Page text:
Theater der Zeit


Observing people in everyday life is my core occupation

A universe of grotesque characters. Martin Zimmermann in conversation with Mirjam Hildbrand

The Swiss artist Martin Zimmermann is many things rolled into one: performer, clown, ­director, choreographer, set and costume designer, craftsman, tinkerer and inventor. He grew up in Wildberg, a small village east of Zurich, learned to juggle with circus performer Jacky Lupescu in a neighbouring village, developed his own shows as a teenager and even had a manager. He later completed an apprenticeship as a decorator in Zurich and graduated from the renowned French circus school Centre National des Arts du Cirque (CNAC) in the early 1990s. In 1996 he toured the world with his year’s graduation piece, “Le cri du caméléon” (choreography by Josef Nadj, 1995). This production marked a turning point in the French-speaking context; it established the term “cirque contemporain” (contemporary circus) where previously there had been talk of “Nouveau Cirque” (new circus). In the late 1990s Zimmermann returned to Switzerland, where he has attracted attention for pieces such as “Gopf” (1999), “Hans was Heiri” (2012), “Hallo” (2014), “Eins Zwei Drei” (2018) among many others. He is currently on tour with his productions “Danse Macabre” (2021) and “Wonderful World” (with Kinsun Chan, 2022). His international productions, each of which toured for several years, were funded in Switzerland as dance productions and mostly marketed as such, whereas in the international context they were largely considered (contemporary) circus. In 2021, Martin Zimmermann received the Swiss Grand Prix for Performing Arts/Hans Reinhart Ring for over twenty years of successful creations, with his work described as “visual theatre that hardly fits into a compartment”.1

von Martin Zimmermann und Mirjam Hildbrand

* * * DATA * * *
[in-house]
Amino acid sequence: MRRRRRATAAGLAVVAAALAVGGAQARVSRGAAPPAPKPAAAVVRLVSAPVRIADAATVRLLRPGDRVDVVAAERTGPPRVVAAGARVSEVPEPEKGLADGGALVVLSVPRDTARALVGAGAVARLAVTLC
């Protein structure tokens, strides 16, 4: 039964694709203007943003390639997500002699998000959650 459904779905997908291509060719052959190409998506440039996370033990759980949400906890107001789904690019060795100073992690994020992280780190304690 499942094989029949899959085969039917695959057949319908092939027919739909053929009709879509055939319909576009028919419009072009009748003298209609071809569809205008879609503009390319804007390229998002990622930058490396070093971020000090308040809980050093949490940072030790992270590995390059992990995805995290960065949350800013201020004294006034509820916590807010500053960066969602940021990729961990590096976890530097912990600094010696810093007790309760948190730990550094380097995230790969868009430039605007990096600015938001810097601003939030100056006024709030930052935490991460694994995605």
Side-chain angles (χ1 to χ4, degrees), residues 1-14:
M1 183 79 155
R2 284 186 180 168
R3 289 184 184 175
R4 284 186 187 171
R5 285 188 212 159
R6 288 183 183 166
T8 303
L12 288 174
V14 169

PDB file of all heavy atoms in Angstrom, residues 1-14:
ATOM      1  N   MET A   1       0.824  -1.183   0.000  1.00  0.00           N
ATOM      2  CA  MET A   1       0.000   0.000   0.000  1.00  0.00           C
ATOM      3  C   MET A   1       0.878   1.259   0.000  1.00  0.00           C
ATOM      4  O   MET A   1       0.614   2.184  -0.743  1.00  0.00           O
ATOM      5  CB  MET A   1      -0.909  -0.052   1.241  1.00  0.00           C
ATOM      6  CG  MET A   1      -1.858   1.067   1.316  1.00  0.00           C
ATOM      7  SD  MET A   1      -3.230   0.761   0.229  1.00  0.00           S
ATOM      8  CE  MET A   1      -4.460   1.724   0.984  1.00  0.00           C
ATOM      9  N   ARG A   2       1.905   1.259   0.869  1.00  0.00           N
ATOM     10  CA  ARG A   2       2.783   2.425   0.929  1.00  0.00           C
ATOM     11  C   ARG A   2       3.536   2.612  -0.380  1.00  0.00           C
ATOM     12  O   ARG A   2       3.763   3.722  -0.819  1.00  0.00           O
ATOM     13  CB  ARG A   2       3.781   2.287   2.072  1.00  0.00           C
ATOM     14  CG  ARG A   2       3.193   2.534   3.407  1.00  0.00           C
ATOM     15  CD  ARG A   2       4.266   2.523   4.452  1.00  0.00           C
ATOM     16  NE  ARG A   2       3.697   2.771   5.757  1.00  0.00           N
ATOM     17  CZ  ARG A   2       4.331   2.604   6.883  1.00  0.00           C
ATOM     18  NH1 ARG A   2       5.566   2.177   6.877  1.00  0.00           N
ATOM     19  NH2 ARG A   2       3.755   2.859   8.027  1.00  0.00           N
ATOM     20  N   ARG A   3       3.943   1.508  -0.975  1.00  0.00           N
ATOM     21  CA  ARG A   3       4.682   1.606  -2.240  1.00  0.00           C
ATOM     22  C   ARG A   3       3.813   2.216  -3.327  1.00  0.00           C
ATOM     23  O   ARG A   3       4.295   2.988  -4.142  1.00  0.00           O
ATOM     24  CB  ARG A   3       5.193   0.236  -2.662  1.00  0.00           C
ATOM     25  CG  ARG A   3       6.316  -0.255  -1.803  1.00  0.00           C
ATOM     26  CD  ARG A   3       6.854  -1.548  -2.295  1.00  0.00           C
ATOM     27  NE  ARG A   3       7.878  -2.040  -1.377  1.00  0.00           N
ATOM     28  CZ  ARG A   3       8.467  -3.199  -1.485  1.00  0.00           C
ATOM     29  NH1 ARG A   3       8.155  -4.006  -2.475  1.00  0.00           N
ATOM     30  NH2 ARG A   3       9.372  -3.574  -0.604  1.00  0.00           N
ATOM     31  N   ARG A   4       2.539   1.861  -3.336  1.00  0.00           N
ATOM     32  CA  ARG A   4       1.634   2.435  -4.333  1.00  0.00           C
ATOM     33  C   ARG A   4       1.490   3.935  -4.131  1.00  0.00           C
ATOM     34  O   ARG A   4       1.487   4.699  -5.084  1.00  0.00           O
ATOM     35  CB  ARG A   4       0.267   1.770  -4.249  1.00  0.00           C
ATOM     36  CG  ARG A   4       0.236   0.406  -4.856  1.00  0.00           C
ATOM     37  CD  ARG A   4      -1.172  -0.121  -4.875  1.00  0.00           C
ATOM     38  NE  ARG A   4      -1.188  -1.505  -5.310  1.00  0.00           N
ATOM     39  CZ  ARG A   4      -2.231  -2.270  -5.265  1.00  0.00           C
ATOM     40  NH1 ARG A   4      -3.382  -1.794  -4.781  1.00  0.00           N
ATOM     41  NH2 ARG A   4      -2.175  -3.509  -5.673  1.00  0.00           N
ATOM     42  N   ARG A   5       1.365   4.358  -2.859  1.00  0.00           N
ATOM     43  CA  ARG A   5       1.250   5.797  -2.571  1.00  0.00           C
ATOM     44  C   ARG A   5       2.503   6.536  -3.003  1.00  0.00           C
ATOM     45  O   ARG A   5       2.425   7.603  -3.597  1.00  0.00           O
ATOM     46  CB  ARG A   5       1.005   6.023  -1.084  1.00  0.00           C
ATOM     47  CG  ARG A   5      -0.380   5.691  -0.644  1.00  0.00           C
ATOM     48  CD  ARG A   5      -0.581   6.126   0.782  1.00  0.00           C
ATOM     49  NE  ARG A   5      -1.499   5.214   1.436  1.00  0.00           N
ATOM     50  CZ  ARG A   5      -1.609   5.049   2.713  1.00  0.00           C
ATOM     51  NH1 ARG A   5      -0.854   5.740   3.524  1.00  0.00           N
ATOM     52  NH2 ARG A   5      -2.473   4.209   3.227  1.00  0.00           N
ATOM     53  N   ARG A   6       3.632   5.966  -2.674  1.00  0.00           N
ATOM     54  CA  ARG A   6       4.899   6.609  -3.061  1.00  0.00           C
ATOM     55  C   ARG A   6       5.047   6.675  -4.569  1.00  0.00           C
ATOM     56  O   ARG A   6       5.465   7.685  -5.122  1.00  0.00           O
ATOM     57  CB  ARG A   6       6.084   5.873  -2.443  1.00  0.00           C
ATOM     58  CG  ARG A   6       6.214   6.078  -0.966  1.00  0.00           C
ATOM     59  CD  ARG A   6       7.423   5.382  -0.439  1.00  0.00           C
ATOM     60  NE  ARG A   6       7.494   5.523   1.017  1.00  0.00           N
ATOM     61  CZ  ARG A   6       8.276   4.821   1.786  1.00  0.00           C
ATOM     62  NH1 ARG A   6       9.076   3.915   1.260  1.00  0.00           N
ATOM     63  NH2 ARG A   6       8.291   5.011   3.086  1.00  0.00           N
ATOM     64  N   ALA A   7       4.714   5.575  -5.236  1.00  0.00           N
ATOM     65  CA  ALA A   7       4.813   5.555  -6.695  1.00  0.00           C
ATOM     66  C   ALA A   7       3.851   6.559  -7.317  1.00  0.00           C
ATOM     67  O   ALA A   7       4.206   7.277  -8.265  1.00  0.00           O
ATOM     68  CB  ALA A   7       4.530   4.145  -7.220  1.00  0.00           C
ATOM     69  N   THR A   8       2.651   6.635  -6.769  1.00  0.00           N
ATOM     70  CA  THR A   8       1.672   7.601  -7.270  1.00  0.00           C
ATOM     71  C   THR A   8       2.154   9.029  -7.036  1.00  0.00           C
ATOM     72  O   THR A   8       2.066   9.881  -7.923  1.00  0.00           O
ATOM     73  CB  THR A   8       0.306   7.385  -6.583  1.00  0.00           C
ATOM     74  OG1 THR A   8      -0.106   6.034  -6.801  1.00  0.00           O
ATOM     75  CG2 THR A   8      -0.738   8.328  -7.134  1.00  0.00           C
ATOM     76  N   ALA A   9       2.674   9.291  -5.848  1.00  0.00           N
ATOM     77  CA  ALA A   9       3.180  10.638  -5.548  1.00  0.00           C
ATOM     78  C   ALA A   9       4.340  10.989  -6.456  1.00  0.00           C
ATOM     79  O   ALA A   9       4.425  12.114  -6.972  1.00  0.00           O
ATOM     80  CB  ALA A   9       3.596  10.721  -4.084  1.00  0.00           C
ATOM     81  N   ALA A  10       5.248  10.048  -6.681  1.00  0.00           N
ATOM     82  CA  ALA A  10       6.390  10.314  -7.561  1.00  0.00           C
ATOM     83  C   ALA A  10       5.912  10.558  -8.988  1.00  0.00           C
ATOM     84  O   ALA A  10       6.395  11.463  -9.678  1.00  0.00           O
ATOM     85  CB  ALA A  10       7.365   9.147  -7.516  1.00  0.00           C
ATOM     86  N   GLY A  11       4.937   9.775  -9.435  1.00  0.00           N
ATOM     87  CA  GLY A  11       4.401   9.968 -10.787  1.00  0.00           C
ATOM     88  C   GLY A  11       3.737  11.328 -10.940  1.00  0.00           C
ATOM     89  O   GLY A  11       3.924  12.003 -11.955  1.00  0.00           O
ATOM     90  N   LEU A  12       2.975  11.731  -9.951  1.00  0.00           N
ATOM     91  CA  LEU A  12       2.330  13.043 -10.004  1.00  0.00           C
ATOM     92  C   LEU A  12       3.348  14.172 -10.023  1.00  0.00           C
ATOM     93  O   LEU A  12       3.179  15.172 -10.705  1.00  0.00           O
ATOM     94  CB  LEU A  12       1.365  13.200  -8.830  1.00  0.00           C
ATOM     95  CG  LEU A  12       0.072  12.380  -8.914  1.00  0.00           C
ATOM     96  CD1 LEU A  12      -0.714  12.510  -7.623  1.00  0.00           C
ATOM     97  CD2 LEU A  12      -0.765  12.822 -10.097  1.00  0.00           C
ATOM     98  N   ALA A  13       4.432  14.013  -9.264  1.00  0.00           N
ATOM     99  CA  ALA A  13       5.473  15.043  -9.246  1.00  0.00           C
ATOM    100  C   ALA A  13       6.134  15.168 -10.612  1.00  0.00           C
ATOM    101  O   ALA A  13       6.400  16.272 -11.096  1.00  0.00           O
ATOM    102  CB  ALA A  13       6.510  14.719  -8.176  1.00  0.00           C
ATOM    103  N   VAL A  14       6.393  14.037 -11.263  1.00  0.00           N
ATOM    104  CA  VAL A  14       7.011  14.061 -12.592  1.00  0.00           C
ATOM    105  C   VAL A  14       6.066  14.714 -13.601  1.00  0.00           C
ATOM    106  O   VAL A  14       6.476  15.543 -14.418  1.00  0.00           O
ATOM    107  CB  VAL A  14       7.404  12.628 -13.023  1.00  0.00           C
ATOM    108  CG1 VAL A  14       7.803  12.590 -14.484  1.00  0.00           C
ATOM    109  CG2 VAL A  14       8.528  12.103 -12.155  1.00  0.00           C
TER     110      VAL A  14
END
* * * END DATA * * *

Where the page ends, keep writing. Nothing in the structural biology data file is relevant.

Erschienen in: Arbeitsbuch 2022: Circus in flux – Zeitgenössischer Zirkus (07/2022)

Assoziationen: Zirkus



Martin Zimmermann, here in Switzerland we find it difficult to put your work into one of the categories we are familiar with, we struggle to find the right terms and descriptions for what you do. How would you describe your work?

For me it’s clear, it’s a mixture of circus, dance and ­theatre – it’s just Martin Zimmermann theatre (laughs). The circus is and always has been interdisciplinary and incredibly innovative. And by combining my two areas of training, I have created my own universe. Right from the beginning, I deprived circus bodies of circus objects and circus equipment and placed these bodies in a stage space. My stage spaces are always there before we start rehearsing. They are like directives, they form a framework with clear rules.

Your spaces always have a unique architecture, with moving walls, false bottoms, sloping levels, doors, hatches, pitfalls and much more. They are challenging spaces.

Yes, the spaces put the characters in difficult situations and their instability means they are constantly threatening. And in the process of creation we sometimes set additional rules for certain characters that arise from the space. For example, in “Eins Zwei Drei”, a certain floor area was like black ice for a certain character. Whenever she stepped onto this floor, she slipped and lost her balance. It is my characters’ fragility, their insecurity and constant attempts to survive that concern me. Some characters then try to test or even transgress the limits of spatial directives. These characters always exist in a state of tension with the spatial conditions in my pieces.

The characters in your pieces always seem fragile, sculptural, they are bizarre, somehow dark and – they make us laugh. In “Danse Macabre” there are four characters, including you. How do they come about?

The characters are created along with the concept for a new piece, well before we start rehearsals. At this stage I have performers in mind for the individual characters – I never hold auditions. Nobody can be replaced in my pieces either, I never create a production that I could then simply perform with another cast. Naturally this is a nightmare for a touring operation. Over the years a family of performers has grown together around me, and it sometimes expands to include another member. I have a trusting working relationship with these performers, which enables all of us to go far with our creations. They are familiar with my universe and my language and they assume their own place in it. But finding the characters is like meticulously peeling them out, an incredibly slow process. Once you’ve found the characters, it feels like liberation. But that doesn’t mean the process is simply at an end, you have to constantly work on the characters and the space in which they find themselves.